Celebrating All The Bad Ideas in American History, Politics and Economics
[Editor’s note: There are innumerable writings about how great
America is and what wonderful
things have been done in this nation.
This is one of an irregular series whose topics are all of the things America
has gotten wrong.]
Who could not want to support
farmers? These are the families that
work hard all year long to bring everyone the best produce and food in the
world. It’s just Pa and Ma and the kids
plowing the fields. What’s not to love?
Of course the above is pure fantasy. Sure there are family farms, like Dick Thompson in
by the great NY Times food writer Mark Bittman.
In the mid-’80s he was a co-founder of the Practical Farmers of Iowa(P.F.I.), and between then and his death, he and his wife showed more than 40,000 visitors how a relatively small farm could support a modern family while stewarding the land. Farming in
is not as monolithic as most Easterners
believe, but there are not many shining beacons of sustainable agriculture;
Thompson was one. Iowa
. . .
He kept impeccable records, allowing him to demonstrate to anyone who cared to look that his relatively low-tech and (by
standards) small farm yielded between $150 and $200 more per acre than those of
his more conventional neighbors. He knew, and said, that “Every farm is
different.” But he also said, “You cannot buy the answers in a bag.” The
farmer, in short, has to know the land; there is no one-size-fits-all. Iowa
But most farming is done by large agricultural organization and businesses. And to insure they make money the federal government provides them with subsidized crop insurance. What’s wrong with this? Plenty. Here is Mr. Bittman again.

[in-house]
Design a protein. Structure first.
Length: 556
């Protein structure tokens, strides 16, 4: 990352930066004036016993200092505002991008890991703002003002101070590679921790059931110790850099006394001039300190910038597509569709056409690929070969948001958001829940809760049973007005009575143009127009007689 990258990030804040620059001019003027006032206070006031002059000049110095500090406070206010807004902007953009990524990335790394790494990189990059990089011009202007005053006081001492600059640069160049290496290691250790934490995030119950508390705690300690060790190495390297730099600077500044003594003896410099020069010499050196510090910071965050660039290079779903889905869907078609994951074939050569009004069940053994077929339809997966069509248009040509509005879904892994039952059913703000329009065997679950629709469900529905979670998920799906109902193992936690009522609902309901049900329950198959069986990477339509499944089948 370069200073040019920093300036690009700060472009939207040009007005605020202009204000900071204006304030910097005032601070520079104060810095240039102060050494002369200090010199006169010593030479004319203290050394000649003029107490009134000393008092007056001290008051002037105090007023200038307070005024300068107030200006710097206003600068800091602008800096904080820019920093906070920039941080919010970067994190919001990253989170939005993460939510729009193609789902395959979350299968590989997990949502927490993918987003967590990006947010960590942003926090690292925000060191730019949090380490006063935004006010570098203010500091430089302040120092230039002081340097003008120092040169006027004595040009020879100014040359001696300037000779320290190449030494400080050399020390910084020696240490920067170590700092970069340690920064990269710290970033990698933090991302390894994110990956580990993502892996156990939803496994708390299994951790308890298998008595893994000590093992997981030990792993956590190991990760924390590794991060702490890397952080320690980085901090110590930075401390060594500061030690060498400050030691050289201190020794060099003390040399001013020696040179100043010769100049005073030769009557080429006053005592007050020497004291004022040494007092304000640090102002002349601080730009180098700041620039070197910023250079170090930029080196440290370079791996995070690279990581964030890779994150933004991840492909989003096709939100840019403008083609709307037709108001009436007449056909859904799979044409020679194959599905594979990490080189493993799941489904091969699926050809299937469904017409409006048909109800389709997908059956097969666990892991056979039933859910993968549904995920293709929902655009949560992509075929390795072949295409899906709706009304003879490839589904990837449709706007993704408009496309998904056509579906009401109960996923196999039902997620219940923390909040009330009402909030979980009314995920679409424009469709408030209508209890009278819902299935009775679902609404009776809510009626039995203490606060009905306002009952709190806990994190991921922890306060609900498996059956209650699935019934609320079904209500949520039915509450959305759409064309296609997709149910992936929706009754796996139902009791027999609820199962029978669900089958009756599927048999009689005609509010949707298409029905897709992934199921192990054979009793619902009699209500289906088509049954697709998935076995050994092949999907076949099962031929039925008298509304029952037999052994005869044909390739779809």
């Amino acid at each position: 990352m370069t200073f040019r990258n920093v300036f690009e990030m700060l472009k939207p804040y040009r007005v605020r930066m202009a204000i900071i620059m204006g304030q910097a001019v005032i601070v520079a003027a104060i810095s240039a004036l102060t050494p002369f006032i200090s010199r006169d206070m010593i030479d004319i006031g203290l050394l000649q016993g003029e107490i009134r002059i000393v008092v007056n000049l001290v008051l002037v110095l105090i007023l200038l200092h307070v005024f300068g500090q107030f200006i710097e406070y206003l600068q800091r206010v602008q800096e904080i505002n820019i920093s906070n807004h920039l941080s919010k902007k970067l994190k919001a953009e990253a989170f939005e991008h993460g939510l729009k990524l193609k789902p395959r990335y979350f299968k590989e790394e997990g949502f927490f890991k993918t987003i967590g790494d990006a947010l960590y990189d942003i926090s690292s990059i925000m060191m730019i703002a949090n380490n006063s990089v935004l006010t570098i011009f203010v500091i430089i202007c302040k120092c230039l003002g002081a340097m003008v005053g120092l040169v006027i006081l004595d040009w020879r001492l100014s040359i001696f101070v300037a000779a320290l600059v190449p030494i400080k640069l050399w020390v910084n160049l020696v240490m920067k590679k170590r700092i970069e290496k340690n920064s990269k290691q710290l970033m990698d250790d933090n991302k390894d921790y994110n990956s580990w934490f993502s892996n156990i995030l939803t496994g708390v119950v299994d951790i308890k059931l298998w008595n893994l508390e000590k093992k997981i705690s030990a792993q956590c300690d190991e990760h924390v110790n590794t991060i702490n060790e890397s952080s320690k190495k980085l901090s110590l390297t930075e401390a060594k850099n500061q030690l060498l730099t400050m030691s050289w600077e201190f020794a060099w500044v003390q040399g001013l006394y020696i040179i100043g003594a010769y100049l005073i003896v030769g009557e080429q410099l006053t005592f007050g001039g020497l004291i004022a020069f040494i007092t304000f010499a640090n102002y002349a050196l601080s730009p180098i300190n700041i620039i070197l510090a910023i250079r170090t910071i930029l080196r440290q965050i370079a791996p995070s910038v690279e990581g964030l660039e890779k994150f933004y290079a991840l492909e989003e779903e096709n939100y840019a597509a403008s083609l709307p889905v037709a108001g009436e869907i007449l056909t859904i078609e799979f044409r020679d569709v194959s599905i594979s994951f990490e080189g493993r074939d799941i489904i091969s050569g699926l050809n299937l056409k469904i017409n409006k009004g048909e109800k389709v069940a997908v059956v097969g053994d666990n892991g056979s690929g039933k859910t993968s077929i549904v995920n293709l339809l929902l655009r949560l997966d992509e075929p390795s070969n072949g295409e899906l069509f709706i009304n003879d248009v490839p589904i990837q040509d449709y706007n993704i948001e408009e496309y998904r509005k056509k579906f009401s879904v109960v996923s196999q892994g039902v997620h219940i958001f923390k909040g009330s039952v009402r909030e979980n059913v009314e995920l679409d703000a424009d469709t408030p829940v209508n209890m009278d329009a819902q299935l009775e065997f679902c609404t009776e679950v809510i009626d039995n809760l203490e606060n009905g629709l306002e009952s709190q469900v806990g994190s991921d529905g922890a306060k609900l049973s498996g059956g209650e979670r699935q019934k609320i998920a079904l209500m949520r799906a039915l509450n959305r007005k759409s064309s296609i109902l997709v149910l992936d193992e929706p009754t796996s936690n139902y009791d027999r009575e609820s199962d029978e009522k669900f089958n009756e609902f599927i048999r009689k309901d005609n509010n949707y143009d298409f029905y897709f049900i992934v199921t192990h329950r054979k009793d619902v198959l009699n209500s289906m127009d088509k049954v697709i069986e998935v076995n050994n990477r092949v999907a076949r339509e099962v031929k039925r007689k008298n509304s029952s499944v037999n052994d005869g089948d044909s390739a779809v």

Take the Federal Crop Insurance program (F.C.I.C.), for example. In 2011, F.C.I.C. paid out nearly $11 billion, a record, due largely to flooding; in the 10 years before that, annual payouts were around $4 billion. In 2012, the effects of drought forced F.C.I.C. to smash the just-set record: payouts were $17.3 billion.
The program itself is flawed, of course; it rewards risky behavior like planting in flood- or drought-prone or easily eroded areas, where crop failure might not come as a surprise but is compensated anyway. Equally important, F.C.I.C. fails to encourage or even acknowledge that farmers who invest in improving their soil — as Thompson did — suffered far less damage in recent years when bad weather hit.
In almost every Midwestern state, in 2012, 80 percent of crop insurance payouts were because of drought; yet those effects can be mitigated by attention to healthy soil, which should be the farmer’s fundamental craft. A new paper by the Natural Resources Defense Council (“Soil Matters”) describes these issues and ultimately recommends that F.C.I.C. “launch a pilot program that reduces premium rates for farmers who apply low-risk/high-reward farming methods to reduce the risk of crop loss.” Think of this as an insurance policy reduction for the equivalent of nonsmokers or safe drivers.
That’s right, since the subsidized insurance program will pay for mismanagement of the land, why not mismanage the land. And the question should also be raised, why the subsidy? Everybody else has to pay their own way on insurance, why should tax payers subsidize farmers and encourage them to engage in bad, risky behavior.
If there was private unsubsidized insurance farmers would be forced to engage in land management practices that minimized risk. And the private insurance companies would work with farmers to see that would happen, the same way private auto insurance companies fight to reduce accidents.
One would think that Conservatives would be leading the charge to end this wasteful and ineffective program that produces bad unintended results. But of course Conservatives are leading the charge to expand the program and make things worse. Maybe they can’t help it, making things worse is what modern Conservatism is all about.
Subsidized Federal crop insurance, another chapter in the Annals of American Idiocy.